I staid to the Franklin House that night and got my breakfast there in the morning to be in readiness for the stage. I waited the appointed time but no stage made its appearance. I spoke to the landlord ² [as to] the reason why it had not come. There were 2 passengers going out in the stage. They made some ado about its [being late] and I fell in with them about the Landlord detaining us here on expense. The landlord said he would not charge us for our dinners so we ate our dinners (I did not care how long he detained me on his own expense, being not in a very great hurry myself). We staid in Geneva till about 3 o’clock in the afternoon when we took the stage for Newark — distance about 16 miles — where we got aboard the canal boat. From thence it is 40 miles to Rochester.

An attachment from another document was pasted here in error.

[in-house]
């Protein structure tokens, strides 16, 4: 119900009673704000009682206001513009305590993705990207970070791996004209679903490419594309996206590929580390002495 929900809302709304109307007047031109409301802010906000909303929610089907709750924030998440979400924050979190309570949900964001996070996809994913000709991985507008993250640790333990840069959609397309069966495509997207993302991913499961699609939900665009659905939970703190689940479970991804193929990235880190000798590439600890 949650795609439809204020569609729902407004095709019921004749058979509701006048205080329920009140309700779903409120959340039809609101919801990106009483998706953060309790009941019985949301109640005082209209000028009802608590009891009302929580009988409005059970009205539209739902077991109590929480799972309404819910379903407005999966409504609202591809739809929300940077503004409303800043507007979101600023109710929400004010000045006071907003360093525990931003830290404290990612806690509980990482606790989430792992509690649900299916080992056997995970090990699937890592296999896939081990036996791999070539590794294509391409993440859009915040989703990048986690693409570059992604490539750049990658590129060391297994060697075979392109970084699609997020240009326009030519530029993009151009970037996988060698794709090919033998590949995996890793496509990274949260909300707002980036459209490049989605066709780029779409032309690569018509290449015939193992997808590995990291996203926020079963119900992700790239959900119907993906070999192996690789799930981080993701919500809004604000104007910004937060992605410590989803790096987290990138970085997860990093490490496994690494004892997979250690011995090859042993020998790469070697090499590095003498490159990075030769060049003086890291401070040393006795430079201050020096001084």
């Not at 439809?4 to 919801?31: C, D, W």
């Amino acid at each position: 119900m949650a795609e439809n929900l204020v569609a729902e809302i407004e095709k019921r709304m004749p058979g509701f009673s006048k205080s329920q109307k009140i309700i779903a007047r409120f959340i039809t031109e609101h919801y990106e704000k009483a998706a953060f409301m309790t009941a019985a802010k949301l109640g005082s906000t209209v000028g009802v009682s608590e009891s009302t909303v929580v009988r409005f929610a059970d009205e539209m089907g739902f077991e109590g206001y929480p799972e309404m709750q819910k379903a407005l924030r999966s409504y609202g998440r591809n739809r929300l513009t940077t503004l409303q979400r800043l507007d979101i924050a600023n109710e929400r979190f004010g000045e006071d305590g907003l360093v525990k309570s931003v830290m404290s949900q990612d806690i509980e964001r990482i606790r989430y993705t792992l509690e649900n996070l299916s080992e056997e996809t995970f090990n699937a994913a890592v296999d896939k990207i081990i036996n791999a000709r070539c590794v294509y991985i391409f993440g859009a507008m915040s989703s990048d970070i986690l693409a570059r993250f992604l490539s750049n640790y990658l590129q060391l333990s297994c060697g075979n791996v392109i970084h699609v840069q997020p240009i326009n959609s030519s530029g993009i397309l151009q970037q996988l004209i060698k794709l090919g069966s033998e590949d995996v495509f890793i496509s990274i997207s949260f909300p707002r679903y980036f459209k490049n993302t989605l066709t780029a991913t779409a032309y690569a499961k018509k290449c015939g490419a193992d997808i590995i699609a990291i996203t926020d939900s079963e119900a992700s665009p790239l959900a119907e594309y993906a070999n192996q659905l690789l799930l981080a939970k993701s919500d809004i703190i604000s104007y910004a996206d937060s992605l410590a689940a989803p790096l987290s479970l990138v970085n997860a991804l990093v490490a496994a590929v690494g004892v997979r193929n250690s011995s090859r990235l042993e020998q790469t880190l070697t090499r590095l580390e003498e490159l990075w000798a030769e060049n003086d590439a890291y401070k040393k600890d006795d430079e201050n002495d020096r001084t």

We arrived in Rochester about 11 o’clock Thursday morning. We passed the great embankment at Irondequoit where the land is thrown up about 80 feet and the canal runs across the top of it. It is a very frightful looking place to look down from the boat on the valleys below. Just before we got to the city, the boat had to get out on the dock where she was weighed.
We crossed over the great Aqueduct where the canal crosses the Genesee River and came into the city. My feelings are better imagined than described when I was landed on the dock. I did not know where to go to get any work or to leave my valise where it would be safe till I could get any work, so I stood on the wharf like one forsaken or a stranger, which really I was, being of a bashful nature and not anyways enterprising. I looked one way and then another with my bundle under my arm like a greenhorn. I thought it best to hold on my bundle for if I had lost it, I would have the sorrows worse than ever.